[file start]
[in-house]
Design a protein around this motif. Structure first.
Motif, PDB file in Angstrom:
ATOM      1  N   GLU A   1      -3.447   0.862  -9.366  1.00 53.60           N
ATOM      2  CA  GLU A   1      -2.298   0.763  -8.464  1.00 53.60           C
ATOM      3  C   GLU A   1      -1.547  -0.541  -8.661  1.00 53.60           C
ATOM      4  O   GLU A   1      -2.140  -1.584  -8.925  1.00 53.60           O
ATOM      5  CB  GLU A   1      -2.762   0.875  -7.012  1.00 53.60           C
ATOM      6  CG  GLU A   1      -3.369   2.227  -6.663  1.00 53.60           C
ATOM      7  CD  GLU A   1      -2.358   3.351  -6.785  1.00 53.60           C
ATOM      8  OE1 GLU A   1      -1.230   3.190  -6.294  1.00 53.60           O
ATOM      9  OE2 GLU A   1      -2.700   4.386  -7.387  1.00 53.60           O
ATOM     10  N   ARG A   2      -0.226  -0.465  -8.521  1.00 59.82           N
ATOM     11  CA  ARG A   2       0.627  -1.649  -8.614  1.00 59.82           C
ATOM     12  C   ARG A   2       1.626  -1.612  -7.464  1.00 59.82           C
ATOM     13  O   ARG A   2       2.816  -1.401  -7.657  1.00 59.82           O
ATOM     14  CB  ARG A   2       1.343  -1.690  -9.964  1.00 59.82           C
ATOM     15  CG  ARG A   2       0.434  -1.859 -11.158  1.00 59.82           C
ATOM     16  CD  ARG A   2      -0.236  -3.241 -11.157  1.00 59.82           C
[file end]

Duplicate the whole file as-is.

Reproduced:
[in-house]
Design a protein around this motif. Structure first.
Motif, PDB file in Angstrom:
ATOM      1  N   GLU A   1      -3.447   0.862  -9.366  1.00 53.60           N
ATOM      2  CA  GLU A   1      -2.298   0.763  -8.464  1.00 53.60           C
ATOM      3  C   GLU A   1      -1.547  -0.541  -8.661  1.00 53.60           C
ATOM      4  O   GLU A   1      -2.140  -1.584  -8.925  1.00 53.60           O
ATOM      5  CB  GLU A   1      -2.762   0.875  -7.012  1.00 53.60           C
ATOM      6  CG  GLU A   1      -3.369   2.227  -6.663  1.00 53.60           C
ATOM      7  CD  GLU A   1      -2.358   3.351  -6.785  1.00 53.60           C
ATOM      8  OE1 GLU A   1      -1.230   3.190  -6.294  1.00 53.60           O
ATOM      9  OE2 GLU A   1      -2.700   4.386  -7.387  1.00 53.60           O
ATOM     10  N   ARG A   2      -0.226  -0.465  -8.521  1.00 59.82           N
ATOM     11  CA  ARG A   2       0.627  -1.649  -8.614  1.00 59.82           C
ATOM     12  C   ARG A   2       1.626  -1.612  -7.464  1.00 59.82           C
ATOM     13  O   ARG A   2       2.816  -1.401  -7.657  1.00 59.82           O
ATOM     14  CB  ARG A   2       1.343  -1.690  -9.964  1.00 59.82           C
ATOM     15  CG  ARG A   2       0.434  -1.859 -11.158  1.00 59.82           C
ATOM     16  CD  ARG A   2      -0.236  -3.241 -11.157  1.00 59.82           C